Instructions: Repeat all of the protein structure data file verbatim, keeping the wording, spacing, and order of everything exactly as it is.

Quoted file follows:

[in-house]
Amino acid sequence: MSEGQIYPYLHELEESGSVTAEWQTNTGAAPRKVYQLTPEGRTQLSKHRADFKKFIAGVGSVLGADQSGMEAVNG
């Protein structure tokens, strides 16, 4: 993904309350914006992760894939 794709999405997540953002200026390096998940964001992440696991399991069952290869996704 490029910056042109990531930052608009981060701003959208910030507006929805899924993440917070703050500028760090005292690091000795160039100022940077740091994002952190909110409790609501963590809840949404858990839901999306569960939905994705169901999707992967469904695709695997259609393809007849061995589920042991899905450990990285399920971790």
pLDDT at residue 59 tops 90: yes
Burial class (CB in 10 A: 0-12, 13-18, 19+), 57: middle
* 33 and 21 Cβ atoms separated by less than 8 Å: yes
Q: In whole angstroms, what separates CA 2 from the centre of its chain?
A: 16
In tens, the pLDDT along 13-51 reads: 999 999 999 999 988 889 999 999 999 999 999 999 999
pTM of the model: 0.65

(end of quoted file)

[in-house]
Amino acid sequence: MSEGQIYPYLHELEESGSVTAEWQTNTGAAPRKVYQLTPEGRTQLSKHRADFKKFIAGVGSVLGADQSGMEAVNG
């Protein structure tokens, strides 16, 4: 993904309350914006992760894939 794709999405997540953002200026390096998940964001992440696991399991069952290869996704 490029910056042109990531930052608009981060701003959208910030507006929805899924993440917070703050500028760090005292690091000795160039100022940077740091994002952190909110409790609501963590809840949404858990839901999306569960939905994705169901999707992967469904695709695997259609393809007849061995589920042991899905450990990285399920971790």
pLDDT at residue 59 tops 90: yes
Burial class (CB in 10 A: 0-12, 13-18, 19+), 57: middle
* 33 and 21 Cβ atoms separated by less than 8 Å: yes
Q: In whole angstroms, what separates CA 2 from the centre of its chain?
A: 16
In tens, the pLDDT along 13-51 reads: 999 999 999 999 988 889 999 999 999 999 999 999 999
pTM of the model: 0.65